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Kenya Flower Industry Global Competiveness Report

ProVerde’s 2012 report “Kenya Flower Industry Global Competiveness Report” was the result of a study to identify measures to improve government-industry relations, support innovative entrepreneurship and promote exports to strengthen the competitiveness of Kenya’s floricultural sector. By reviewing other leading and upcoming producer countries, this study offers opportunities to learn from their experiences.

With assistance from the Centre for the Development of Enterprises (CDE) and the World Bank Foundation, the Kenya Flower Council (KFC) developed a project to conduct a series of studies and activities to determine the global competitiveness of the Eastern African flower industry. Specifically the World Bank funded a series of regional video conferences between May and December 2011.
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EU’s first Economic Partnership Agreement with an African region goes live

The interim Economic Partnership Agreement (EPA) concluded by the EU and four Eastern and Southern African states (Mauritius, Madagascar, Seychelles and Zimbabwe) took effect on May 14, providing duty and quota free access to the EU market for these countries as well as opening their markets to European exports over the course of the next 15 years.

Furthermore, the Agreement covers provisions on rules of origin, development cooperation, fisheries, trade defence and dispute settlement. This EPA is a substantial improvement for Mauritius, Madagascar, Seychelles and Zimbabwe on the unilateral trade agreements they enjoyed so far because it encourages regional integration and strengthens a partnership approach with the EU, which in turn brings economic and political benefits that individual countries cannot achieve alone.
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Floriculture in Kenya records significant growth in 2011

The Kenya floriculture sub-sector recorded significant improvement in 2011 where 122 thousand metric tons valued at Kshs 44.5 billion were exported according to the USAID Kenya Horticulture competitiveness project (KHCP) statistics. This translated into a growth of 1% in volume and 25% in value compared to 2010.

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Succesful benchmarking of flower standards

The Flower Label Program (FLP) certification scheme has been successfully benchmarked with the Fair Flowers Fair Plants (FFP) standard. With immediate effect, all FLP-certified producers can now market their produce also under the FFP-consumer label. The FLP producers can extend the FFP assortment at short notice. Due to the recent increase of FFP points of sale in Europe, these flowers will be more than welcome. At the same time, FLP is the first consumer label which enables it’s growers to market as well under FFP.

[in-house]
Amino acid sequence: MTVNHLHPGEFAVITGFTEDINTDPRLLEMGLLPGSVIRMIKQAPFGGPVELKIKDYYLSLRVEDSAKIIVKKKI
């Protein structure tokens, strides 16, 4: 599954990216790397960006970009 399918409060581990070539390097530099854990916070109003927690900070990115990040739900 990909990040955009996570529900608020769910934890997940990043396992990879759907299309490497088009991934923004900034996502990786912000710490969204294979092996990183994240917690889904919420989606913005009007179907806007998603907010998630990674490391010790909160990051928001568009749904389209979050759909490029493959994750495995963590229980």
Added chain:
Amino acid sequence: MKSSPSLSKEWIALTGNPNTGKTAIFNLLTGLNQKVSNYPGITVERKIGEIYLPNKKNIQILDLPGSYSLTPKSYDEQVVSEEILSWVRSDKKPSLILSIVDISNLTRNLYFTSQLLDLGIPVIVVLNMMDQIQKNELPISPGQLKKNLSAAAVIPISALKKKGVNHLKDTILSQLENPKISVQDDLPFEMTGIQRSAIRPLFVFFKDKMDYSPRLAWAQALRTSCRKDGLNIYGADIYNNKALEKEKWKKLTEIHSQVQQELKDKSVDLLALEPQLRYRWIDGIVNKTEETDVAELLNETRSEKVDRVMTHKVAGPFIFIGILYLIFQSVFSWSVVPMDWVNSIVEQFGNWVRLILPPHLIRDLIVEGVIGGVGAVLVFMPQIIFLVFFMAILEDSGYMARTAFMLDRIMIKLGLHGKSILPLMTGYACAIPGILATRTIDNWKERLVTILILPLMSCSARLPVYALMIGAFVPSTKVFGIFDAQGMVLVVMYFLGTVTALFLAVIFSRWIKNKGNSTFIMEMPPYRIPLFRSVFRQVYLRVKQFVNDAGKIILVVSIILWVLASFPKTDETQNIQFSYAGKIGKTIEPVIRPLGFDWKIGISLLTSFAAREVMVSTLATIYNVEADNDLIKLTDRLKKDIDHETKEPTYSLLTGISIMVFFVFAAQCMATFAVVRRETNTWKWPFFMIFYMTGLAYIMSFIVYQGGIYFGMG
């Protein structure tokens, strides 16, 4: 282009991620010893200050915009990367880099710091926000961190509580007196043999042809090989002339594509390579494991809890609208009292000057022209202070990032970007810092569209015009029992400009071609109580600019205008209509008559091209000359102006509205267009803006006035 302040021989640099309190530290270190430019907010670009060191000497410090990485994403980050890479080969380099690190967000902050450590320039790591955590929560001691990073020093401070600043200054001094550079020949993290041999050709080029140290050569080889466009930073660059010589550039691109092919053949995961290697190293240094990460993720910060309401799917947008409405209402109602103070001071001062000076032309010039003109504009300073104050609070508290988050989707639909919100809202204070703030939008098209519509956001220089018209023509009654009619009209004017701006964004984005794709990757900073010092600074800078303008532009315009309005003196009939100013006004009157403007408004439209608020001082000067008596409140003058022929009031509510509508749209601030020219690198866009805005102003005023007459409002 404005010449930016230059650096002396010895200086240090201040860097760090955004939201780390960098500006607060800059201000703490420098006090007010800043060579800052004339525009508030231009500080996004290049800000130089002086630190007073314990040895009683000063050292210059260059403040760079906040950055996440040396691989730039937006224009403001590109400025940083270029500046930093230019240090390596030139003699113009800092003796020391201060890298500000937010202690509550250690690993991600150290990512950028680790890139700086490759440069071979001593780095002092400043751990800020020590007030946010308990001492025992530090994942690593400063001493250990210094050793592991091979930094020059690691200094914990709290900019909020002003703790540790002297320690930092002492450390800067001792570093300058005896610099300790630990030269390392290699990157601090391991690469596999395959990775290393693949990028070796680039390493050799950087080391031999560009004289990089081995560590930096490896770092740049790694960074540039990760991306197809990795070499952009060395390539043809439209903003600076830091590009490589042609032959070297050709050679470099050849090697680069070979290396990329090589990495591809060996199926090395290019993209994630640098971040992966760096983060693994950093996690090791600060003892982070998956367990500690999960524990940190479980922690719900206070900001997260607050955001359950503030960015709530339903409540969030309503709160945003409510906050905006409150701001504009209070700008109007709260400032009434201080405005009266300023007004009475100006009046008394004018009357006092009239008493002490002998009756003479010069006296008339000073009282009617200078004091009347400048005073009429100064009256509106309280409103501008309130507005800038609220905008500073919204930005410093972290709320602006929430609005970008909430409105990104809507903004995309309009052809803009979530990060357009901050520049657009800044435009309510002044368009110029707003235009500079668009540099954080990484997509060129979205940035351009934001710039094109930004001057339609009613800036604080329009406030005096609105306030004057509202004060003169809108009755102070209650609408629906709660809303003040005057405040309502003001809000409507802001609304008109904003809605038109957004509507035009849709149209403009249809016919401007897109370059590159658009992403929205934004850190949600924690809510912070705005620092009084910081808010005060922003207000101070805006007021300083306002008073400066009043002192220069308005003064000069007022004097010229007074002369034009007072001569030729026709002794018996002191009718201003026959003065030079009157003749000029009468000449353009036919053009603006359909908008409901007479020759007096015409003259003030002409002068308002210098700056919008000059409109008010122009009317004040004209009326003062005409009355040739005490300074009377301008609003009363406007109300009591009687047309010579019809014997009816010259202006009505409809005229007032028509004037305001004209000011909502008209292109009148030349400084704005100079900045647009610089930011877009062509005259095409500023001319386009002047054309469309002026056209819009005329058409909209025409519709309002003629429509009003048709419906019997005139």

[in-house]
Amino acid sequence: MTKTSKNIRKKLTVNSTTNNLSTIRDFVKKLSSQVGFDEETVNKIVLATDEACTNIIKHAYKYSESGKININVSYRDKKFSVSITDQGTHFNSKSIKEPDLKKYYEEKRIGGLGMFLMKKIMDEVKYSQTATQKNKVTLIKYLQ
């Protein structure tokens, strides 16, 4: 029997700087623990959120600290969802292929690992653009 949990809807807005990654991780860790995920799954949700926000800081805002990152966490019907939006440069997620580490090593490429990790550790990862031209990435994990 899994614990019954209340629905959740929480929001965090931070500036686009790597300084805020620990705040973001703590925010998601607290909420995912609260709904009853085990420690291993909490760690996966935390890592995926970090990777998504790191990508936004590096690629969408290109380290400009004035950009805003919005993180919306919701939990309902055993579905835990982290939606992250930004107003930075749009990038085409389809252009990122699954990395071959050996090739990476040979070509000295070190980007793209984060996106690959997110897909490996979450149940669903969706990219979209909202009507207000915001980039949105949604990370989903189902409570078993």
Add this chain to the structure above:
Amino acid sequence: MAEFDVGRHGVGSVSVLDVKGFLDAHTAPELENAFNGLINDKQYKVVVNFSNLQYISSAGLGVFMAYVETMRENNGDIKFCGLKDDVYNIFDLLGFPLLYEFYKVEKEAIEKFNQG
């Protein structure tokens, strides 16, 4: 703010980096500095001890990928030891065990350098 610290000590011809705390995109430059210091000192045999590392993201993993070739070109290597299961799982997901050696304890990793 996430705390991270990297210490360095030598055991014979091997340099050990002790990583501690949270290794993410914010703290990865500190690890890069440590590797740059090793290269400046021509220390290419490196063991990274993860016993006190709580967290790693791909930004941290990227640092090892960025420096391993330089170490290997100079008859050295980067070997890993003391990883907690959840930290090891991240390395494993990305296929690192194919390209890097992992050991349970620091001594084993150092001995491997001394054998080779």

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Dutch flower auctions celebrate centenary

This year, FloraHolland flower auction celebrates its having been existence for a hundred years. With the motto of 100 Years’ Color, the jubilee will be marked this autumn at FloraHolland’s marketplaces in Aalsmeer, Bleiswijk, Eelde, Naaldwijk and Rijnsburg. A century ago, growers agreed on the organization of the first local-scale flower auction, over a game of billiards in a pub.

A hundred years on, FloraHolland is a still-growing, internationally-active auction company: each day, the cooperative sees 8,000 Dutch and foreign growers delivering their flowers and plants; 2,500 professional customers (including many exporters and wholesalers) doing their purchasing; and a staff of well over 4,000 come to work. The auction has a turnover of 4.1 billion euros and sells more than 12 billion flowers and plants a year, making it a significant contributor to the Dutch economy. Continue reading

Kenyan horticultural exports to EU might face taxation

Europe has issued a fresh warning of possible revenue losses for Kenya should the East African Community (EAC) fails to reach a trade deal soon.

“Kenya risks taxation on its exports to Europe by virtue of economic strength if the trade talks stall”, Mr Bernard Rey, head of the European Delegation told players in the horticulture sector. “EAC should realise the risks of the current situation of uncertainty. Burundi, Rwanda, Tanzania and Uganda, all are least-developed countries, will enjoy duty-free quota access to the EU markets even if the EPA (economic partnership agreement) is not signed,” Mr Rey
said. “But Kenya will risk seeing tariffs imposed on a good number of exports to Europe including horticulture products”.
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Leading Belgian retailers in 2010

2010 was an important year for the Belgian distribution market. This was the year Dutch supermarket Albert Heijn officially confirmed its arrival, Delhaize started an offensive and Carrefour also showed a fighting spirit again. With the Dutch threat so definitive all of a sudden, there even was the possibility of a price war.

But what was the actual result for the supermarkets and what was the real result according to the figures? Following a good annual tradition Marketing Map prepared their report.
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EU to introduce uniform food labelling

All 27 EU member states will have to adhere to new rules on food labelling, giving consumers more information about the nutritional aspects of packaged food products. The new EU food labelling laws were given the last nod by the European Parliament last week and are expected to enter into force in three years’ time, giving food manufacturers ample time to adapt to the new regime.
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